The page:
El Nuevo Herald
July 06, 2008
According to court documents, Carlos Kauffman told the FBI that lawyer Moisés Maionica assured him, 'President Chávez was involved' in Venezuela's `briefcase scandal.'
Venezuela's President Hugo Chávez was personally involved in efforts to conceal his nation's participation in the scandal surrounding a briefcase that contained $800,000, according to testimony obtained by the FBI and presented last week in Miami federal court.
The money, confiscated by Argentine customs officials, was allegedly to be a campaign contribution to that nation's current president Cristina Fernández de Kirchner.
According to the court documents submitted on June 27, Venezuelan businessman Franklin Durán declared that his former associate Carlos Kauffman pointed the finger at Chávez during his deposition to the FBI, citing several sources.
Both Durán and Kauffman have been implicated in the case and are accused of acting as unregistered agents of the Venezuelan government.
In his testimony, Kauffman told the FBI that lawyer Moisés Maionica assured him that, ``President Chávez was involved in the matter and that he had placed DISIP [Venezuela's intelligence service] director [Henry] Rangel Silva in charge; and that Rangel told him that President Chávez was personally involved in the case.''
This is the first time that the Venezuelan president has been directly implicated with the briefcase scandal.
Until now, the evidence presented in court only implicated the director of the DISIP and the office of Vice President Jorge Rodríguez.
According to Durán's lawyer, Edward Shohat, Kauffman's testimony implicating Chávez will be used to prove that Durán was acting as an unregistered agent of the Venezuelan government in the United States.
Durán was accused of being an agent of Venezuela, along with Carlos Kauffman, lawyer Moisés Maionica, middle-man Rodolfo Wanseele Pacielo, and Antonio José Canchica Gómez, a suspected agent of the Venezuelan military intelligence service (DIM) who is currently a fugitive.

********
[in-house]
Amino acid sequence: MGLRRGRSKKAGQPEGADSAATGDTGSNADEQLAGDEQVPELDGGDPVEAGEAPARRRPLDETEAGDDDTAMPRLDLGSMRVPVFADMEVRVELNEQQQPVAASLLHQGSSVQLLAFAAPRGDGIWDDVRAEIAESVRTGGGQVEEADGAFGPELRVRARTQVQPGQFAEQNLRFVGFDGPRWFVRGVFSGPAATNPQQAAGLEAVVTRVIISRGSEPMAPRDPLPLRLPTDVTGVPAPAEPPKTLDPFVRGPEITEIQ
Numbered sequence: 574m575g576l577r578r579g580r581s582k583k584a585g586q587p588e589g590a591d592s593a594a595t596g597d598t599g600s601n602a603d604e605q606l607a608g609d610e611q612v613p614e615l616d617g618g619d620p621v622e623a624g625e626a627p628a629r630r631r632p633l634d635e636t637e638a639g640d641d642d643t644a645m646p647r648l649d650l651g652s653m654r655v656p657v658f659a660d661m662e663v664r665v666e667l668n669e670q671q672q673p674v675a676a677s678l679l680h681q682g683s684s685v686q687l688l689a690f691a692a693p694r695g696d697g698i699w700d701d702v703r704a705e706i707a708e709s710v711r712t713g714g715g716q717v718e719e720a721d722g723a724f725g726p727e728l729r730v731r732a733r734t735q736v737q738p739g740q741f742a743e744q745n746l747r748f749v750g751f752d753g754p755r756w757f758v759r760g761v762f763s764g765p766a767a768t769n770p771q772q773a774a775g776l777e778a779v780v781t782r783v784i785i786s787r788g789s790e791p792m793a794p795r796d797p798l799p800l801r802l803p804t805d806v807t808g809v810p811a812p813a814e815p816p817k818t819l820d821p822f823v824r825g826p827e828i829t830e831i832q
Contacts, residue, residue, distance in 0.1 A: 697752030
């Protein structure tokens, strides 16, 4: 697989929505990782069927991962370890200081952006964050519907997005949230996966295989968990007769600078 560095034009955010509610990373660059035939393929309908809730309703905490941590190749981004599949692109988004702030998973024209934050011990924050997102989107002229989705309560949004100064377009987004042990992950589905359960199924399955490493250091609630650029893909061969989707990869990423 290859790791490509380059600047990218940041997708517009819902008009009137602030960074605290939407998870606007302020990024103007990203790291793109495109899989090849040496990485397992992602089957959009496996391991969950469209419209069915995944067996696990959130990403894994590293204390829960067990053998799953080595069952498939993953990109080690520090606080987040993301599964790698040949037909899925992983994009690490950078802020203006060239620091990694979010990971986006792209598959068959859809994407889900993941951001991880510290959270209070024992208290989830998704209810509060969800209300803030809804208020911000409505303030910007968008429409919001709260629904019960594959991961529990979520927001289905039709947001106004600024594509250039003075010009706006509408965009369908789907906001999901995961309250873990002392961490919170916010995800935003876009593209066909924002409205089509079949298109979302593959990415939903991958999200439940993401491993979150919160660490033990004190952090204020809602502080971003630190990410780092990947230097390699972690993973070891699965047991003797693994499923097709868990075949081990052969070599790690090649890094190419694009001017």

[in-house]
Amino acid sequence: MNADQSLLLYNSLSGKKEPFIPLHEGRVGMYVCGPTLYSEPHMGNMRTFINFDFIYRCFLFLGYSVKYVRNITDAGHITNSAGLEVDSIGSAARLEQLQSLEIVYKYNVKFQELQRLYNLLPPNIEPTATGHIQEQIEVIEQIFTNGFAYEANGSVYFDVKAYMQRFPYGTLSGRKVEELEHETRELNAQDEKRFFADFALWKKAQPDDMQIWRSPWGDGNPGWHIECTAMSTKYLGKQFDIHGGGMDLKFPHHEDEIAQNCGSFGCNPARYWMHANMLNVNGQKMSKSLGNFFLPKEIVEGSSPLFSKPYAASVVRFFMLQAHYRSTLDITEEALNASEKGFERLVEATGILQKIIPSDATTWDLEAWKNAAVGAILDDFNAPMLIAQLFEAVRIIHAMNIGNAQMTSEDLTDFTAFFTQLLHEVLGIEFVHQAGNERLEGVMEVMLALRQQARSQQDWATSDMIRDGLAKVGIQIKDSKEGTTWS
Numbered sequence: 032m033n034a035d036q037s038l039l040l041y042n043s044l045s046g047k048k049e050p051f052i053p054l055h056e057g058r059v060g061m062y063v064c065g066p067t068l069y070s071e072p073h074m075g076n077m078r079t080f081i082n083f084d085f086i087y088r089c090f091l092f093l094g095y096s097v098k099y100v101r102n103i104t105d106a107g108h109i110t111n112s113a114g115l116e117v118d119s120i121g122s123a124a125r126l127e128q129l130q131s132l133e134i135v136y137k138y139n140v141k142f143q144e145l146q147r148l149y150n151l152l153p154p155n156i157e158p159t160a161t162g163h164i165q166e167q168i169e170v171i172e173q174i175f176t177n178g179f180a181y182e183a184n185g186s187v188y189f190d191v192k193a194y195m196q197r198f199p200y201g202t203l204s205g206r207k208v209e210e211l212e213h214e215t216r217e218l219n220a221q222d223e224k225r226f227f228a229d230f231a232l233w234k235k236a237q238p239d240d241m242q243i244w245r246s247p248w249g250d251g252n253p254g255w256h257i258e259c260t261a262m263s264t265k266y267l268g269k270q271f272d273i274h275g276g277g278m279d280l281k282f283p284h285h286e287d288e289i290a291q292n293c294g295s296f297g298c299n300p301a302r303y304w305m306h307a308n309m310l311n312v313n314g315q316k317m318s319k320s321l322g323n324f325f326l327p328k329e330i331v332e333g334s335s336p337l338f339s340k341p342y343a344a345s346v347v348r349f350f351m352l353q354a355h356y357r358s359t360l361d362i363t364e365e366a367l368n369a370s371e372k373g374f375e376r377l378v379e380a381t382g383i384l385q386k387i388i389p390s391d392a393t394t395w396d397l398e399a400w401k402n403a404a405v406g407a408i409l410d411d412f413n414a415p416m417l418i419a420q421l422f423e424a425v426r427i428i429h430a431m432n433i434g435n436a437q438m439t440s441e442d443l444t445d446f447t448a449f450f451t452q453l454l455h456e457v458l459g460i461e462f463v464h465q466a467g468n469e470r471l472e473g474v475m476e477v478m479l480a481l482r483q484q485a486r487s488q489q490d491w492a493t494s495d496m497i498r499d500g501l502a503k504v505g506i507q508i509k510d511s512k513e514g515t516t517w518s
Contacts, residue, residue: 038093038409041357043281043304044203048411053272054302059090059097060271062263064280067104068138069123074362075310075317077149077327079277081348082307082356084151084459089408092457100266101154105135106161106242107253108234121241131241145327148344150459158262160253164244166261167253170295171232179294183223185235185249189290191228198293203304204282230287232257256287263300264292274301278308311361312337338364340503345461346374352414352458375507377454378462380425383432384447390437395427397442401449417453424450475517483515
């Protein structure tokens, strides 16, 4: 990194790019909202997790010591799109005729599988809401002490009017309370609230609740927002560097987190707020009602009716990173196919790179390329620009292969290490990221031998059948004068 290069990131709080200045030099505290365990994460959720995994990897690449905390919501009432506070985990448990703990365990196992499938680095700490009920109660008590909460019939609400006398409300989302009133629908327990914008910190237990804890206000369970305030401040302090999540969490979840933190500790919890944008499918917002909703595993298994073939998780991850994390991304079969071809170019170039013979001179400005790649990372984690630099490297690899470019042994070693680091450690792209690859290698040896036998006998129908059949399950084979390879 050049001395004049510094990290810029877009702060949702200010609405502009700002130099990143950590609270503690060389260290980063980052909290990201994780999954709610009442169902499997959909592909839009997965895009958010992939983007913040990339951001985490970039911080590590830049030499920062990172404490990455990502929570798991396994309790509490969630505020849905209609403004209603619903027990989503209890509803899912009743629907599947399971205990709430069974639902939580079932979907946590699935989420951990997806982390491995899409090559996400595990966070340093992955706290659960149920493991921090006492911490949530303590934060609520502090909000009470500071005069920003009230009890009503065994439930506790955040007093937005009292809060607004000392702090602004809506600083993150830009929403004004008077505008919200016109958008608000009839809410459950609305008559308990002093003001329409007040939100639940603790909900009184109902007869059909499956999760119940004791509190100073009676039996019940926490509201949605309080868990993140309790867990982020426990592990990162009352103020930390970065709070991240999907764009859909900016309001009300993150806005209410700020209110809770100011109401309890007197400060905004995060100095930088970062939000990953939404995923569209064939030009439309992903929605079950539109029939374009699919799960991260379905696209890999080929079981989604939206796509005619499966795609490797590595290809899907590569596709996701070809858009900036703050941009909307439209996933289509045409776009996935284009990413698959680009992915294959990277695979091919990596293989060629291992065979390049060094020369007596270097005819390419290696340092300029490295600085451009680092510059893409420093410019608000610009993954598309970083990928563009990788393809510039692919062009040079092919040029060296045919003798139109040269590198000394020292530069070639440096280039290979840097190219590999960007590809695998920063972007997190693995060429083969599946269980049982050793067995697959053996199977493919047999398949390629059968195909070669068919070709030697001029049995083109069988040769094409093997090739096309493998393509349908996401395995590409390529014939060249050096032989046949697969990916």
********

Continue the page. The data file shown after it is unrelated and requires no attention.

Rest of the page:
Durán and Kauffman were partners in what was one of Venezuela's largest distributors of petroleum products, Industrias Venoco CA.
In contrast to Durán, Kauffman made a deal with federal prosecutors and will serve a shortened sentence in exchange for his confession.
Durán is the only one of the four men arrested in the case who has refused to reach a plea bargain with the prosecution. His trial is set for Sept. 2 for acting as an unregistered agent of the Venezuelan government.
Efforts by El Nuevo Herald to reach Shohat, Durán's lawyer, for comment were not successful.
However, according to court documents, Shohat has argued that the case could become ''politicized'' and that the prosecution is using testimony to put the Venezuelan government in an ''embarrassing'' situation.
Kauffman has ''a logical and obvious desire to ingratiate himself'' with the prosecutors, to obtain a substantial reduction of his sentence and avoid the deportation of himself and his family, noted Shohat in court transcripts from last week.
Shohat wrote in a motion he presented in court on Friday that, even if one believed that the United States government doesn't have a ''secret agenda'' for putting the Chávez administration in a tight situation, Kauffman's belief that the United States would like to see Chávez in an ''embarrassing situation'' is a strong motivation to polish his testimony and lie.
According to the motion presented by Durán's lawyer, the prosecution will attempt to present evidence during the trial without any ''real purpose'' except placing the government of Chávez in a difficult position.
El Nuevo Herald was unable to obtain comment from the federal prosecutors assigned to the case.